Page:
Dolphins running game: 107.0 rush ypg (16th) Bengals leading rushers
Bengals running game: 100.2 rush ypg (19th)
Dolphins run defense: 100.8 rush ypg (12th)
Bengals run defense: 118.0 rush ypg (22nd)
B. Scott: 18 att. 92 yds. 5.1 ypc
Bengals leading rushers
Dolphins leading rushers
Ronnie Brown: 76 att. 313 yds. 4.1 ypc, 1 TD
Ricky Williams: 67 att. 288 yds. 4.3 ypc
After watching the Heat’s lackluster performance last night, maybe it’s not time for the city to move on to basketball season just yet. Despite the blown opportunity last week and despite being in a stacked division and conference, the Dolphins have a golden opportunity in the next three weeks to stake a claim in the heated playoff race.
Like I mentioned in yesterday’s post, it’s all about how they respond emotionally after such a heart breaking loss to the Steelers. If they come out still hungover from last Sunday, the Bengals are a good enough team to expose them big time at home. I wouldn’t be the least bit surprised if Cincinnati runs them off the field in a uninspired blowout. But then again, they could come out with a cheap on their shoulder after feeling slighted by the refs the week before.
This team is very young, with some new faces assuming critical leadership positions. We just don’t know what to expect from them yet. But let’s move on from the emotional part of the game and get back to X’s and O’s.
Bengals running game vs. Dolphins run defense
The run defense was phenomenal in that second half on Sunday. The Dolphins were getting to Mendenhall nearly the second Roethlisberger handed him the ball. Even more encouraging was how well Wake and Misi contained the edge, which appeared to be this defense’s biggest weakness before this past Sunday.
If this front seven can dominate one of the best running game’s in the business, there is an awful lot to be excited about defensively Dolphin fans. Many fans were probably so caught up in the controversial call, they really haven’t given the front seven the credit they deserved for that performance. Of course, though, it can easily go under the radar when the secondary is surrendering big play after big play.
Nonetheless we should expect similar stoutness against the run this Sunday. The Bengals haven’t been running the ball as well as they have the past couple seasons, and Cedric Benson is averaging a shade under four yards per carry. After what we saw this defense do against the Steelers, it’s not acceptable to get gashed on the ground anymore.
We now know this front seven is capable of great things. Consistency is obviously the next step, though.
I think the biggest reason for improvement has been Channing Crowder’s return. Say what you want about his mouth and play-making abilities, but the dude can fill run lanes. Also, despite Jared Odrick getting knocked out for the year, the Dolphins are starting to find the right mix for the front three.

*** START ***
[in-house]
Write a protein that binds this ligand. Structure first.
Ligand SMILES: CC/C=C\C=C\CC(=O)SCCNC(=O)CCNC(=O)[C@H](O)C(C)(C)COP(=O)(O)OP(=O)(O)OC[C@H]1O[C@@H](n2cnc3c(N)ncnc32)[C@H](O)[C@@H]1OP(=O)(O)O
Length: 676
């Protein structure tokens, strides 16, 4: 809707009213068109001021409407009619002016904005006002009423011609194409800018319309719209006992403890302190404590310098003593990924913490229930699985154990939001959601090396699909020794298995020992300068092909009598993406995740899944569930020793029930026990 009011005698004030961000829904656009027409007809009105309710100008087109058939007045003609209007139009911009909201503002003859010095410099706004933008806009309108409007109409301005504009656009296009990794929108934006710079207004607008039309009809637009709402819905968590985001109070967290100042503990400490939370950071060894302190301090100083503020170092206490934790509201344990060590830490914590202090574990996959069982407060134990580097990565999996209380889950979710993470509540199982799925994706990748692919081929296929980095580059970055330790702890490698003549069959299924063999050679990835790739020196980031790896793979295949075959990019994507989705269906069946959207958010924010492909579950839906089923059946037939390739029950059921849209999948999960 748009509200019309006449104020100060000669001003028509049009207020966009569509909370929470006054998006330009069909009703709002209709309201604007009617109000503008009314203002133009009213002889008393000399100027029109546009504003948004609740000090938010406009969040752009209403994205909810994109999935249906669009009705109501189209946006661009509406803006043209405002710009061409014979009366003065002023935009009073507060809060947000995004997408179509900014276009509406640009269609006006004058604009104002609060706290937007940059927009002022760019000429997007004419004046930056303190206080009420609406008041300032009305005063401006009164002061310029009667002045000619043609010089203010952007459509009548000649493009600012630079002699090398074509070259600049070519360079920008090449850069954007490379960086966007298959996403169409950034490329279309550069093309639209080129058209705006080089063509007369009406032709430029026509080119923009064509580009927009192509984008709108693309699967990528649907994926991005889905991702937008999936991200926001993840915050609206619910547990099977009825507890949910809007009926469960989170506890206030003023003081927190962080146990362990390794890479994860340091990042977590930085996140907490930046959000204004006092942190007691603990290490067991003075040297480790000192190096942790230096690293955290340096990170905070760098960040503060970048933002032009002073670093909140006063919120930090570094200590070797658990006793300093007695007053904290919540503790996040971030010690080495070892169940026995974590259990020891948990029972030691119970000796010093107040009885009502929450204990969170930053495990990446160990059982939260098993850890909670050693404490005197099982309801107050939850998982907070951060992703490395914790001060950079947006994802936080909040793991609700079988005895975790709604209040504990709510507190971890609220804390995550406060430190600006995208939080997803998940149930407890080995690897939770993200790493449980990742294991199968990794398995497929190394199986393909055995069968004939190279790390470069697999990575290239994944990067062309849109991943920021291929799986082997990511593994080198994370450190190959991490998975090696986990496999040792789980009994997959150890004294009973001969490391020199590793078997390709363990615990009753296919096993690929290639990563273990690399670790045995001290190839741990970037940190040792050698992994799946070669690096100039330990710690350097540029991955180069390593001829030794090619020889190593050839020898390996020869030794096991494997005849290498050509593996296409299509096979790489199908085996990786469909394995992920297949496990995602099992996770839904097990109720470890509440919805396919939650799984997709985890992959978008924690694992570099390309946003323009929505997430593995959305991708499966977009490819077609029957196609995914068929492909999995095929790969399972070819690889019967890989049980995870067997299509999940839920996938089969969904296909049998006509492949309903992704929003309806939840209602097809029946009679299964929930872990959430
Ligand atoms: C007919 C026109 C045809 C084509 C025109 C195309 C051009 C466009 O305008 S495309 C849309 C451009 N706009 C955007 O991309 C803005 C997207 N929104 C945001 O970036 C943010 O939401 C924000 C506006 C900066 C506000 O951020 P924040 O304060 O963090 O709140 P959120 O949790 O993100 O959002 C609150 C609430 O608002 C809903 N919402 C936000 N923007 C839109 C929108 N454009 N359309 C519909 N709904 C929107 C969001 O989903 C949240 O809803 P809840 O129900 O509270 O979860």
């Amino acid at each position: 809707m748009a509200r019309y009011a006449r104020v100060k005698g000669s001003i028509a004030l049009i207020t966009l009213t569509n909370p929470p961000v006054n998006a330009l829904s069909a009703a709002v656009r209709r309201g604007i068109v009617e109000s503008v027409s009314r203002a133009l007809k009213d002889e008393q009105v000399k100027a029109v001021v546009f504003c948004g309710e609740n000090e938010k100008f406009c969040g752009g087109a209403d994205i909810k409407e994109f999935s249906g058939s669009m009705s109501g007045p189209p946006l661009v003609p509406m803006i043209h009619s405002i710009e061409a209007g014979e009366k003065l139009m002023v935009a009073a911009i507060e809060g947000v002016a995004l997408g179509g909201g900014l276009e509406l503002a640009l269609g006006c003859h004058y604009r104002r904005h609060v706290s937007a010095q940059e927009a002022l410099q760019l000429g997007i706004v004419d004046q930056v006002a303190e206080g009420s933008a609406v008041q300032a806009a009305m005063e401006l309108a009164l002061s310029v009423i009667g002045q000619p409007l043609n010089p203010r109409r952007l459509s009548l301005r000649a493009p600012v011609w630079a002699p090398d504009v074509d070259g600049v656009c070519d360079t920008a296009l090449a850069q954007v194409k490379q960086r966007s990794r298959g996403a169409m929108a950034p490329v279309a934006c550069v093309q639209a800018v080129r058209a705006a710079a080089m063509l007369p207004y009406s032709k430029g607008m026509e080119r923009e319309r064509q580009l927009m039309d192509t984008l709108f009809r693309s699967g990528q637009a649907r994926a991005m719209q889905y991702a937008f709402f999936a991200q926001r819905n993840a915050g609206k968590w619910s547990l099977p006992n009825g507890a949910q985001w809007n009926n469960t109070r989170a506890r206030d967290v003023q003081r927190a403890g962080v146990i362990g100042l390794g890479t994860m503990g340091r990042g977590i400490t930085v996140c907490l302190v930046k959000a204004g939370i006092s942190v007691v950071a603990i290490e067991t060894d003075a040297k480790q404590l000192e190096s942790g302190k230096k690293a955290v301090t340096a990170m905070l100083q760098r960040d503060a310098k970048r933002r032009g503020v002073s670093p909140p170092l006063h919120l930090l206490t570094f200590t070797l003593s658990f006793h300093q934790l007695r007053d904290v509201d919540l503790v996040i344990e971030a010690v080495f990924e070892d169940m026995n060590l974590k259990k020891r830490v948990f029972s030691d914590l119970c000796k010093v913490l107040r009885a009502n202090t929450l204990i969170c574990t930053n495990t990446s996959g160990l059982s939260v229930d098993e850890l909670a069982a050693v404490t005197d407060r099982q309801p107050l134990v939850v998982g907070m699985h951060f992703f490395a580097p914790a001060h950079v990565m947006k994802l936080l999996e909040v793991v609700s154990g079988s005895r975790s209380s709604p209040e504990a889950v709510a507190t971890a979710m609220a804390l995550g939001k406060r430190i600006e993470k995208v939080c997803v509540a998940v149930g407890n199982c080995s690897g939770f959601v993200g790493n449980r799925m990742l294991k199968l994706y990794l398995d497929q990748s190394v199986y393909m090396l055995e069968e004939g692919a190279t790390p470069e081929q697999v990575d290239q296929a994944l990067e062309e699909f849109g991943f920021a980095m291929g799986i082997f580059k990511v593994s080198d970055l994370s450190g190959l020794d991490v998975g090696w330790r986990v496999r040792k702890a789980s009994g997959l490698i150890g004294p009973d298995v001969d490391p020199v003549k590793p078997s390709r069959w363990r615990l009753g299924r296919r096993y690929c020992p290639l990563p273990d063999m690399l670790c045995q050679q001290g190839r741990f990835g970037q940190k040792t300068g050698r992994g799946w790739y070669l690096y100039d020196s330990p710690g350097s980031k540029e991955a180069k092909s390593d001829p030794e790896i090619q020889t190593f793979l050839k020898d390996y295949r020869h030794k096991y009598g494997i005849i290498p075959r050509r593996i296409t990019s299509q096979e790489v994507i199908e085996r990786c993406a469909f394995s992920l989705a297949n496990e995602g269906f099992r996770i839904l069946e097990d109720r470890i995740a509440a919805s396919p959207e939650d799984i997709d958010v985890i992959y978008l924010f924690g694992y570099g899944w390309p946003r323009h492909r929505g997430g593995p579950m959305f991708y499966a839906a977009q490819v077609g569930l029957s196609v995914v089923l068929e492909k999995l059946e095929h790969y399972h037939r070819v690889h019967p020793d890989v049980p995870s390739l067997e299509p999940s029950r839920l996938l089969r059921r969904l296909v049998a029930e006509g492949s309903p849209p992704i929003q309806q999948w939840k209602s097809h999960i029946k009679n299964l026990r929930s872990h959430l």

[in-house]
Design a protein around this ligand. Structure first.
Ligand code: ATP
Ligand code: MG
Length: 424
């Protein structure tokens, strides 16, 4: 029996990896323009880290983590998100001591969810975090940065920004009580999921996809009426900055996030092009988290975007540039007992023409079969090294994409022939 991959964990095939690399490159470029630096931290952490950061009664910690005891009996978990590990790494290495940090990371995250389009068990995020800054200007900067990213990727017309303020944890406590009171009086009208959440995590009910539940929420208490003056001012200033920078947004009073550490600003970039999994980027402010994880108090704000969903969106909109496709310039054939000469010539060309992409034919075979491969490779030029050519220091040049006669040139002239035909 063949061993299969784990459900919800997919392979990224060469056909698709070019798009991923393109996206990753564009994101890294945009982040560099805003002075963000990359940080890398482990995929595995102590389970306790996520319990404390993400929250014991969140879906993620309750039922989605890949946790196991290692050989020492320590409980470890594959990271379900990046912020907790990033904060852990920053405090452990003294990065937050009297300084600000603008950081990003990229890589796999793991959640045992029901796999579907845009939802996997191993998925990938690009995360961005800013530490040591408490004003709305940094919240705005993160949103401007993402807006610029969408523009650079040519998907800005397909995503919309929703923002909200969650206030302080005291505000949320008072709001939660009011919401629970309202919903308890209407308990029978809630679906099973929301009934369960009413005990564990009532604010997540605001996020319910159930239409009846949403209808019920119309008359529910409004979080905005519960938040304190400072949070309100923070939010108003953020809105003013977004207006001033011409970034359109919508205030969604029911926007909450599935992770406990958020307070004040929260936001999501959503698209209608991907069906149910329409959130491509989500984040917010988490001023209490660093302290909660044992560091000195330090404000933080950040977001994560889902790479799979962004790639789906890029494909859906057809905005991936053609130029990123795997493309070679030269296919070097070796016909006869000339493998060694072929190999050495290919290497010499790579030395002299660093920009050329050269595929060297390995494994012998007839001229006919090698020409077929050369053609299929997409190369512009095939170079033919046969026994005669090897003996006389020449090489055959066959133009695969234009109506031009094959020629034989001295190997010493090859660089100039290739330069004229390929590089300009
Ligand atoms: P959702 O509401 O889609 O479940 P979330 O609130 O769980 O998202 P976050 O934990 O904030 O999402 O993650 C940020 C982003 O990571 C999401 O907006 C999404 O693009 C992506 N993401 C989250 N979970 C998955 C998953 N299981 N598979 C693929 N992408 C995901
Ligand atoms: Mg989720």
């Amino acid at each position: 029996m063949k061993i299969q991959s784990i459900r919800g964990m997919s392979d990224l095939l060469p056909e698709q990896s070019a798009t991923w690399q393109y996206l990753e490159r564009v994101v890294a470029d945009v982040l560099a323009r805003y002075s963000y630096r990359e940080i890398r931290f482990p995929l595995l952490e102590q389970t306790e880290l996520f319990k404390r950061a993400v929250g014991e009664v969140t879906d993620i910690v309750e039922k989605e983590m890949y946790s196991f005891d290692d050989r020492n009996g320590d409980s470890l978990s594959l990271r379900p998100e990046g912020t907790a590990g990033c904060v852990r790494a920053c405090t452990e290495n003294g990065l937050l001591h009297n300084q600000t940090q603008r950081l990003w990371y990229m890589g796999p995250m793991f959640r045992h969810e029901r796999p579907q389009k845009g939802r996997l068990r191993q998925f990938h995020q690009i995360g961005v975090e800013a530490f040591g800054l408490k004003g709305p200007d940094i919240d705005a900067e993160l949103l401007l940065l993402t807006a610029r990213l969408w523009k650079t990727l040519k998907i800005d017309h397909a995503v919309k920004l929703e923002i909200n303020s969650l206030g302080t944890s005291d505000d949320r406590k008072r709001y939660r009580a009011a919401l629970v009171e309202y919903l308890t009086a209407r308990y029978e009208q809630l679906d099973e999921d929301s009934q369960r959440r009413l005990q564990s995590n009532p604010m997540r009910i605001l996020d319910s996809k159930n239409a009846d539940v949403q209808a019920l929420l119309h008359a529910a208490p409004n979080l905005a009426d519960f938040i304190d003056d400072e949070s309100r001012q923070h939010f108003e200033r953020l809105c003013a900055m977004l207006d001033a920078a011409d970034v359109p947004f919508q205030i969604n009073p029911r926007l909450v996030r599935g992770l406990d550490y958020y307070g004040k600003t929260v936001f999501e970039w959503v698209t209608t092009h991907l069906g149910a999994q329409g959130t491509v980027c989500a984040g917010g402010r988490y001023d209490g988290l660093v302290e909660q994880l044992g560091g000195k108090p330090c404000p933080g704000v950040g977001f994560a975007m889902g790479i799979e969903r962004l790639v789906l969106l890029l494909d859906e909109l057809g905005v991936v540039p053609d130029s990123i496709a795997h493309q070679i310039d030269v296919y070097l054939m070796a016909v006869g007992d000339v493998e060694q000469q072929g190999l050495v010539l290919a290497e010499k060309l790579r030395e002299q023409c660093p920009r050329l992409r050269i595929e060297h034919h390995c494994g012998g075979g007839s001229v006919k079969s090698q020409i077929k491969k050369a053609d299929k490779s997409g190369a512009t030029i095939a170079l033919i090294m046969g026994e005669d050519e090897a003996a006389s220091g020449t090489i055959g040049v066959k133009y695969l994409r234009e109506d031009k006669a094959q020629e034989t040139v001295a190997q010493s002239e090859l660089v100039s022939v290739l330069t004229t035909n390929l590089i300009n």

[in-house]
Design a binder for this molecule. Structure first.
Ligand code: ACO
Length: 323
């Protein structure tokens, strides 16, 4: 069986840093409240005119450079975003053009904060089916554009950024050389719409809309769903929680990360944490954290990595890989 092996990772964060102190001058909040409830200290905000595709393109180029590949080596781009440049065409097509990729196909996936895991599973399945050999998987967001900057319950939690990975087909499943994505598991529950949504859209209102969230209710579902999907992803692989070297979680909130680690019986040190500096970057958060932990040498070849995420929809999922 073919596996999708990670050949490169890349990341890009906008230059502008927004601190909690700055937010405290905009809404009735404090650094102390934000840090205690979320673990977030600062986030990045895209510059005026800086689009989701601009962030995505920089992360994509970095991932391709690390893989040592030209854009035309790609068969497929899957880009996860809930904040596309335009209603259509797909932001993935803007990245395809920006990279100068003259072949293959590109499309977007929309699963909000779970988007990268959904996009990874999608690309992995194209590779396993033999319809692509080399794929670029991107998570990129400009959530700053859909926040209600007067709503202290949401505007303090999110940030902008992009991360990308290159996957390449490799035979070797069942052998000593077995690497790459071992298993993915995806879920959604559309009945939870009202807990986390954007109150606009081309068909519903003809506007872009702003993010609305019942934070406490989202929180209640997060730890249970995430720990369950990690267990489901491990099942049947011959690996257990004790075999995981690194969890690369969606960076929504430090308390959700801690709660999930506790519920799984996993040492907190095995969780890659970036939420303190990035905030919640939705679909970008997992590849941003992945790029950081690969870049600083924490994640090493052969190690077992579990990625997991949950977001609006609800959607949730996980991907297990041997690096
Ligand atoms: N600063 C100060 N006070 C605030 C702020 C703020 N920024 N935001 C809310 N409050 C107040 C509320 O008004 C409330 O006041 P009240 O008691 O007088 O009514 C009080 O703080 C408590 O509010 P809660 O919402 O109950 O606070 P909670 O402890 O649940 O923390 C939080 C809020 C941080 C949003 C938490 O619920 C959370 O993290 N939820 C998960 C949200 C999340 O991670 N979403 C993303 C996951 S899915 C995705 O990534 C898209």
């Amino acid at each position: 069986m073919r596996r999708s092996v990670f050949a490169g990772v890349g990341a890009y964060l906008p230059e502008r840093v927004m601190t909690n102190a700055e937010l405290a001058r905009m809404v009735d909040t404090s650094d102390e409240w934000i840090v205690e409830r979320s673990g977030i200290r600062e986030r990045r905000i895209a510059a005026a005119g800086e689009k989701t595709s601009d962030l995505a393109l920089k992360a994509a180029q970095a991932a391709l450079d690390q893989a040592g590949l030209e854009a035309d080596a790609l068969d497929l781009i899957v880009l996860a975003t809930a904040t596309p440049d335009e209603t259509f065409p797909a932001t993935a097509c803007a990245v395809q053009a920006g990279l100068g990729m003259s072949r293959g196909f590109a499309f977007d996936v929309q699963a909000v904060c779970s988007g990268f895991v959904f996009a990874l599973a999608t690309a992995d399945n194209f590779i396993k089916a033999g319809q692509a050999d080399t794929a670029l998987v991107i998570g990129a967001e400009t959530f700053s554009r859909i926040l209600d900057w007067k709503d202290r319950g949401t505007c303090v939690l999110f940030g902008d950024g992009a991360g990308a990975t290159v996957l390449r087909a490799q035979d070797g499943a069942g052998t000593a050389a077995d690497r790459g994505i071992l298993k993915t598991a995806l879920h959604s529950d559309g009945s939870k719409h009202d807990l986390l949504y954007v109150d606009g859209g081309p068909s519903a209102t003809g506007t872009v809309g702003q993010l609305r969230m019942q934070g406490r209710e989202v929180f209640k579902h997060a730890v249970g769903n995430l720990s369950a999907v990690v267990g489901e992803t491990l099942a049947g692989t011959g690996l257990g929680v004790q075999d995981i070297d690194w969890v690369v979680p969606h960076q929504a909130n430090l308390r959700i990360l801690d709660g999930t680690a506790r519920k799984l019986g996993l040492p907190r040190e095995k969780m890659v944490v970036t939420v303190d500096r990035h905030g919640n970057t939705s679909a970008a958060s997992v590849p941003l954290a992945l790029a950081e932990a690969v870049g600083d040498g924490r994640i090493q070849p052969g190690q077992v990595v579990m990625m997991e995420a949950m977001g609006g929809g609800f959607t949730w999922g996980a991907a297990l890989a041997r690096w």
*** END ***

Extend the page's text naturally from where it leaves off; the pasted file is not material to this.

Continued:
Tony McDaniel has stepped in effectively at defensive end when the Dolphins move Randy Starks to nose tackle, and Paul Soliai has played like a starting caliber nose tackle when Starks lines up at end.
Dolphins running game vs. Bengals run defense
The Dolphins had to stray away from the approach they took against the Packers that yielded their best all-around offensive outing of the season. Dan Henning was able to strike up the right balance of the run and pass in that thrilling overtime victory in Lambeau. Against the Steelers, though, the Dolphins were forced to become one dimensional because you simply can’t line up and run on that dominate Pittsburgh front seven. They moved the ball fairly effectively but faltered in the redzone in large part because of a lack of a running game.
Against the Bengals, though, there really is no excuse for not returning to that balanced approach. Of course, hopefully Dan Henning doesn’t get too conservative either. Henne has been playing well and deserves his share of opportunities to move the football, but when this offense has been at it’s best, they have been running the football successfully.
If Ronnie and Ricky can return to the form and consistently pick up a good four to five yards a pop on Sunday, things are going to be considerably more manageable for Henne and the passing game. The play-action pass will once again enter the equation, and this offense will have the potential to be near unstoppable if they can run the ball like they did last year with Henne playing as well as he has the last couple games.
That’s still a pretty big “if” at the moment, though. And for this running game to get back on track the interior offensive line needs to get its act together in a hurry. That brings me to John Jerry. Forget about him? Yes, the promising rookie hasn’t been on the field since Week 2, but if you can remember back that far, he was actually playing like the most consistent interior lineman the Dolphins had.
I’m not blaming the woes all on Jerry’s replacement, but the drop off has been considerable since Pat McQuistan entered the lineup. Hopefully, that’s about to change in a hurry, because according to some practice reports today Jerry was back working with the starters. The Dolphins may just be testing him out to see where he’s at, and who knows how well he will even perform after missing so much time, but the ceiling is much higher for this running game with Jerry alongside Berger and Incognito.
Let’s not forget that the Benglas are ranked in the bottom half of the league when it comes to stopping the run. Sounds like a great opportunity to get back to Dolphin football.